GATA4 is a transcription factor that plays a critical role in the development and function of various organs, prominently the heart and digestive systems.
GATA4 located on chromosome 8.
The GATA family of transcription factors is involved in regulating gene expression during embryonic development and tissue differentiation.
GATA4 is primarily known for its role in cardiac development
GATA4 is essential for the formation and function of the heart.
It regulates the expression of genes involved in cardiac muscle differentiation, contraction, and remodeling.
Mutations in the GATA4 gene have been associated with various congenital heart defects, including atrial septal defects and ventricular septal defects.
GATA4 is also involved in the development and function of other organs, such as the gastrointestinal tract, pancreas, and liver.
It regulates the expression of genes involved in intestinal development, pancreatic beta-cell function, and hepatic metabolism.
GATA4 is a crucial transcription factor that plays a vital role in the development and function of multiple organs, particularly the heart and digestive system.
Transcription factor GATA-4 is a protein that in humans is encoded by the GATA4 gene.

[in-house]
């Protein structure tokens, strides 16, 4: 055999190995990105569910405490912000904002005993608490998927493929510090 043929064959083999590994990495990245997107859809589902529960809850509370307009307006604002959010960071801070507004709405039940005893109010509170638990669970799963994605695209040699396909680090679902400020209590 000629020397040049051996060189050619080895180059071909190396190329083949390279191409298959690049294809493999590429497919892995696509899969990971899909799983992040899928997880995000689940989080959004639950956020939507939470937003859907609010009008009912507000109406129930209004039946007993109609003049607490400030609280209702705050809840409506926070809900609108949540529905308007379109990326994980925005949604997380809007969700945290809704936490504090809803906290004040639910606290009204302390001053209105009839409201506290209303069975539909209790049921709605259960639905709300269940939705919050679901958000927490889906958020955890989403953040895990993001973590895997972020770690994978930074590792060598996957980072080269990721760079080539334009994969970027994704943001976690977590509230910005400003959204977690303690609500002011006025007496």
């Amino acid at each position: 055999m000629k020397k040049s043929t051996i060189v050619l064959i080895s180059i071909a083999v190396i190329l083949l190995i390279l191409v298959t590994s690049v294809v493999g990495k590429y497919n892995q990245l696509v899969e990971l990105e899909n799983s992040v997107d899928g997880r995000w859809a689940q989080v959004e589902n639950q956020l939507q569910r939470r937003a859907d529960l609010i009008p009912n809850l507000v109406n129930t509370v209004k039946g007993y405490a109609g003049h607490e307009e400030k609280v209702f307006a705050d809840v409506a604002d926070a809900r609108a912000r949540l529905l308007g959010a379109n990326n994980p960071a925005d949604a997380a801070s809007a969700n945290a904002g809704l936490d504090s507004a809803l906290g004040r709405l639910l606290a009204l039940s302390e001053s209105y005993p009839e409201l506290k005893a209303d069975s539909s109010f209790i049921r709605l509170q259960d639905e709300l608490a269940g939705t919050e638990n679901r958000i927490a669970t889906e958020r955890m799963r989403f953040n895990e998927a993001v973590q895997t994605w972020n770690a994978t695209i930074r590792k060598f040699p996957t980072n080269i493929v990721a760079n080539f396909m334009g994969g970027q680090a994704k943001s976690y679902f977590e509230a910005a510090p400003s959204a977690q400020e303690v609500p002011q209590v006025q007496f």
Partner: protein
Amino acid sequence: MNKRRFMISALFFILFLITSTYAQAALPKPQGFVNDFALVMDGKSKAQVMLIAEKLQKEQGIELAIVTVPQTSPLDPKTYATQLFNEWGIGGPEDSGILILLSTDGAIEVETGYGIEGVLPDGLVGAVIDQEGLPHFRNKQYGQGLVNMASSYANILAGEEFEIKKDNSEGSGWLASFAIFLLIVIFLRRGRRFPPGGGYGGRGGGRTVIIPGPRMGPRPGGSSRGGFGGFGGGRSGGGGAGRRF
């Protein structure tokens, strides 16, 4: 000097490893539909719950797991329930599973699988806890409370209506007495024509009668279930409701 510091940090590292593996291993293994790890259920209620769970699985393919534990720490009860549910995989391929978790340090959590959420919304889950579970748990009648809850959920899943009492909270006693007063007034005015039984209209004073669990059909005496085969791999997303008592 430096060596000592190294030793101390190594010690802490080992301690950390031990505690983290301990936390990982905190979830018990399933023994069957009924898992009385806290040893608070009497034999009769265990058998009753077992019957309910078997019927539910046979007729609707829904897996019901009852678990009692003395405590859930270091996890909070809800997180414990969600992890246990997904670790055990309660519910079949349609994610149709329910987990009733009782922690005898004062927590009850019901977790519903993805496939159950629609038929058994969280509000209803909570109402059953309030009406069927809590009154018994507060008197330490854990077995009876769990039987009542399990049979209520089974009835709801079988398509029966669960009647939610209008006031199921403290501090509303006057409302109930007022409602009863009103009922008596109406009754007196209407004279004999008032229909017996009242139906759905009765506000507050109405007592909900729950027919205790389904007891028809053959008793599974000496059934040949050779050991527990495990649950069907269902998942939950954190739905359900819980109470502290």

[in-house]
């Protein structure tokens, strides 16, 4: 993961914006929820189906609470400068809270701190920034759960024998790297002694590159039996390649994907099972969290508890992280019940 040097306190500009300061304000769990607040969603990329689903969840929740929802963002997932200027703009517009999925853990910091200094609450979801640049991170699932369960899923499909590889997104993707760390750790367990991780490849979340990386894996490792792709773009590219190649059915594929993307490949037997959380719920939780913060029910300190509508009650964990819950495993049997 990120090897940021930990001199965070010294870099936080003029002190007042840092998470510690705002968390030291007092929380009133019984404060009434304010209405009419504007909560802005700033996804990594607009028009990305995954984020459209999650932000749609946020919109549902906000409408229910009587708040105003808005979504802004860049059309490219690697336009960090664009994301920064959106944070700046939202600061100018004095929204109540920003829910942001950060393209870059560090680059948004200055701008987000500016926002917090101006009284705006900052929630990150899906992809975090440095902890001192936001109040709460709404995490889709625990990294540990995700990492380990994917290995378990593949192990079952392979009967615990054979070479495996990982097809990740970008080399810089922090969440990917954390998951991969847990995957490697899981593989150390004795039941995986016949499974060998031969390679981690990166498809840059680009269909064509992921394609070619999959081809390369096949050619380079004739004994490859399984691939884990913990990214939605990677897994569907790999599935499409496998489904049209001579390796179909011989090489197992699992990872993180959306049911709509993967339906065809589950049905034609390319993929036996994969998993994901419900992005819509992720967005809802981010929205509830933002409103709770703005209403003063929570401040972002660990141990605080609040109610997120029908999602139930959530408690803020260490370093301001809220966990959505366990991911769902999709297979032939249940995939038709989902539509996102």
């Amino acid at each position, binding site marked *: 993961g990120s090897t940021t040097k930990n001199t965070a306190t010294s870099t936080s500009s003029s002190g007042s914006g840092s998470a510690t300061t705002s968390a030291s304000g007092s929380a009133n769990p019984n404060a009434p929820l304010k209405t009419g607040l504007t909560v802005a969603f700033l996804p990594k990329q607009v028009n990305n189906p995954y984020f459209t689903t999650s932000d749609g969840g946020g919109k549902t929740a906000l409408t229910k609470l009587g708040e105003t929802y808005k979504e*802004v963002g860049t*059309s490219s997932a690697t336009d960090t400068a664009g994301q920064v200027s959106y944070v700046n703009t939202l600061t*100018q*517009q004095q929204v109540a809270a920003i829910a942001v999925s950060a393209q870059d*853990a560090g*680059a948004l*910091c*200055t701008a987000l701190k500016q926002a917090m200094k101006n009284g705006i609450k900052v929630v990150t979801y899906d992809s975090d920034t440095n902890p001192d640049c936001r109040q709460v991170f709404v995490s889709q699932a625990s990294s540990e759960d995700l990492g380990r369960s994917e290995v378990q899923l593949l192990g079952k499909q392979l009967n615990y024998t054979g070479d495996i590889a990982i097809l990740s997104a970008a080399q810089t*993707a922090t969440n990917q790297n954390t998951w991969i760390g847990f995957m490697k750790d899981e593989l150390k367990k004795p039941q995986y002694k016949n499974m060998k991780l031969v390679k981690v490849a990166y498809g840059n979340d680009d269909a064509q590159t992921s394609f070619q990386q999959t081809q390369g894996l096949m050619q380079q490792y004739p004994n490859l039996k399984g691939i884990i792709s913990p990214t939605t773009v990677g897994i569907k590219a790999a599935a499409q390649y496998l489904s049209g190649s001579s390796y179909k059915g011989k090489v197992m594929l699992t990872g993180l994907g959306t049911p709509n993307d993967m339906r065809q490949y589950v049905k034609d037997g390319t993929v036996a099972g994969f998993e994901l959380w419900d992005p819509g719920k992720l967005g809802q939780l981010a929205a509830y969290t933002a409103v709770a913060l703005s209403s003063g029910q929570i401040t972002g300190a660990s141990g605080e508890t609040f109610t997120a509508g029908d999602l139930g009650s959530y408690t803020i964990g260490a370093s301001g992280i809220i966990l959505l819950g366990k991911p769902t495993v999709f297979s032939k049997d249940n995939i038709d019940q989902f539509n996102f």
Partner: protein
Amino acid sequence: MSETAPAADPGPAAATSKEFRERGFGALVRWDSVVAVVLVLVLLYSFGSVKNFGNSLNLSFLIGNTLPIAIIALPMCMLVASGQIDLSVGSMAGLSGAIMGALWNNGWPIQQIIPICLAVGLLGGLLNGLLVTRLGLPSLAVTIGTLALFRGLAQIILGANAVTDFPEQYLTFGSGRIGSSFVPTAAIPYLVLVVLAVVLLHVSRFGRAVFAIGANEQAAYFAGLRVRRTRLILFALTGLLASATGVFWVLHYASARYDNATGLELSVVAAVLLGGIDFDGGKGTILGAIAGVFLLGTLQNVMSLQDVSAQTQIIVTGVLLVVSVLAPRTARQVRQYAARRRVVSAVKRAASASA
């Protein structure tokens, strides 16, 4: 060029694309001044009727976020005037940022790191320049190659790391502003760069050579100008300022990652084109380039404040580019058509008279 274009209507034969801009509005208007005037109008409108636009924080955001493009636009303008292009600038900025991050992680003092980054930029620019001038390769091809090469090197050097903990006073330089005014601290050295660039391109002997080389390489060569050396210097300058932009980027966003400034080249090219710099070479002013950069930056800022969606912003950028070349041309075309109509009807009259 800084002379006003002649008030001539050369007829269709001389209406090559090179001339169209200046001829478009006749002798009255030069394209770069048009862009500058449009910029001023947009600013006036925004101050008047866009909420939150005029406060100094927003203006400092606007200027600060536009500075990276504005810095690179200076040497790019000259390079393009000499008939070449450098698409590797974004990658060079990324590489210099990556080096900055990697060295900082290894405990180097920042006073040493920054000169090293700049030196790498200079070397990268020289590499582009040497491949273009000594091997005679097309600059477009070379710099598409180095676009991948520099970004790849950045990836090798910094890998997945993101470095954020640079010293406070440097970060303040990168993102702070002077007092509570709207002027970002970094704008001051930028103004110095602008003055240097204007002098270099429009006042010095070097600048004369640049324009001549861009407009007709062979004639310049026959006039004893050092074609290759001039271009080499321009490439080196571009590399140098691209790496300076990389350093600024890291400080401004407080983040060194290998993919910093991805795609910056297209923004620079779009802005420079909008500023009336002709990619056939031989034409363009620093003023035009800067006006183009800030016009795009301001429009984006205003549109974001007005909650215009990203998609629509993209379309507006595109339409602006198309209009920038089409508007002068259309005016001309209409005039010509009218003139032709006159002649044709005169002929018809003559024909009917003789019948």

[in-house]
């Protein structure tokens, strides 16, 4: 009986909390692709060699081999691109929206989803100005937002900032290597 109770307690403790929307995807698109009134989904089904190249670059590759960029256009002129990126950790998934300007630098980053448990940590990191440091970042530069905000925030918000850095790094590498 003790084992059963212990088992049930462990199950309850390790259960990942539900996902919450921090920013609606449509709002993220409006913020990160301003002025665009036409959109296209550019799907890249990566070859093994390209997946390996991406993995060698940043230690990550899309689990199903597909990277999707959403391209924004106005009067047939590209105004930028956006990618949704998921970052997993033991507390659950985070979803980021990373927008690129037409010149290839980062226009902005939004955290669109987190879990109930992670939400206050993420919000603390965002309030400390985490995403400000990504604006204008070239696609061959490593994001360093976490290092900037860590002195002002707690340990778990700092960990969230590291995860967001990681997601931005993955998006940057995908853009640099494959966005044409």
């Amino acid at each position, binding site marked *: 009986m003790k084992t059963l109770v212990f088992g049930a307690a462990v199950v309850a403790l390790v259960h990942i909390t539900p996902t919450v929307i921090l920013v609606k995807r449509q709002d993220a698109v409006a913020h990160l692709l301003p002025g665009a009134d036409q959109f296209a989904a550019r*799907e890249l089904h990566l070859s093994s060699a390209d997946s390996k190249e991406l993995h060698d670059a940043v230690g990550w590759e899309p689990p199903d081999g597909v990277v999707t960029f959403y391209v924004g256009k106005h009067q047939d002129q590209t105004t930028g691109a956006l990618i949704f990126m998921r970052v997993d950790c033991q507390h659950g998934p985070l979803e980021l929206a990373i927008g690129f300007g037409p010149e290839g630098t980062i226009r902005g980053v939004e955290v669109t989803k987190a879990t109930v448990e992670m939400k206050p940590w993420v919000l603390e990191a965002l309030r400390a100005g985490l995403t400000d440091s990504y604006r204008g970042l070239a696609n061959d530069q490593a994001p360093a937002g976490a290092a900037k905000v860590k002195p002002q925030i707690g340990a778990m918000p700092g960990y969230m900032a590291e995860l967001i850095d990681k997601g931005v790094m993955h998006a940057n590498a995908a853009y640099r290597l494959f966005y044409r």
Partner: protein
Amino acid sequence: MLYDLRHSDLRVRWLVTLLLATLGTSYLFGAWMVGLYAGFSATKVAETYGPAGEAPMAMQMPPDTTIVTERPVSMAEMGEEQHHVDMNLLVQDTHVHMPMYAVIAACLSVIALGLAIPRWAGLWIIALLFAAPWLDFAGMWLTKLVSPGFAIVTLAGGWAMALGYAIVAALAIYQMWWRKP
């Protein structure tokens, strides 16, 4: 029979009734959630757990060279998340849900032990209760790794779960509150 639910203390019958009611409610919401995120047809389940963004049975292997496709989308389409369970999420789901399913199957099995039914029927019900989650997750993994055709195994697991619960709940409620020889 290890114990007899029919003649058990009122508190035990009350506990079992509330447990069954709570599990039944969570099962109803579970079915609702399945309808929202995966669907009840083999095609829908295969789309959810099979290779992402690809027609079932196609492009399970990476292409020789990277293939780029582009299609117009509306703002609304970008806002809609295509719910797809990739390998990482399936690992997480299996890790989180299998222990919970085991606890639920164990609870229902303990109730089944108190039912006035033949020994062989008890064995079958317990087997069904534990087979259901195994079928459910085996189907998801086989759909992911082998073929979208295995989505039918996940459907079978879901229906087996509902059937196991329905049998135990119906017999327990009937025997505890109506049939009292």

It is a member of the GATA family of zinc finger transcription factors.
This protein is thought to regulate genes involved in embryogenesis and in myocardial differentiation and function.
Mutations in this gene have been associated with cardiac septal defects as well as reproductive defects.
GATA4 is a critical transcription factor for proper mammalian cardiac development and essential for survival of the embryo.
GATA4 works in combination with other essential cardiac transcription factors.
It is expressed in both embryo and adult cardiomyocytes where it functions as a transcriptional regulator for many cardiac genes, and also regulates hypertrophic growth of the heart.
GATA4 promotes cardiac morphogenesis, cardiomyocytes survival, and maintains cardiac function in the adult heart.
Mutations or defects in the GATA4 gene can lead to congenital heart disease, abnormal ventral folding, and defects in the cardiac septum separating the atria and ventricles, and hypoplasia of the ventricular myocardium.
It is essential for cardiac formation and the survival of the embryo during fetal development.
GATA4 is important for cardiac development, the development and function of the mammalian fetal ovary and contributes to fetal male gonadal development and mutations may lead to defects in reproductive development.
GATA4 has an integral role in controlling the early stages of pancreatic and hepatic development.
It is regulated through the autophagy-lysosome pathway in eukaryotic cells.
In cellular senescence, Inhibition of p62 an autophagy adaptor isresponsible for selective autophagy of GATA4.
Inhibition of p62 leads to increased GATA4 levels, resulting in NF-kB activation and subsequent SASP induction.
GATA4 expression during cardiac development is essential to proper atrioventricular (AV) formation and function.
Endocardial cells undergo epithelial to mesenchymal transitions (EMT) into the AV cushions and septum formation during development influenced by GATA4.
Mutations in this gene have been associated to cases of congenital diaphragmatic hernia.
Atrial septal defects, tetralogy of Fallot, and ventricular septal defects associated with GATA4 mutation have been identified.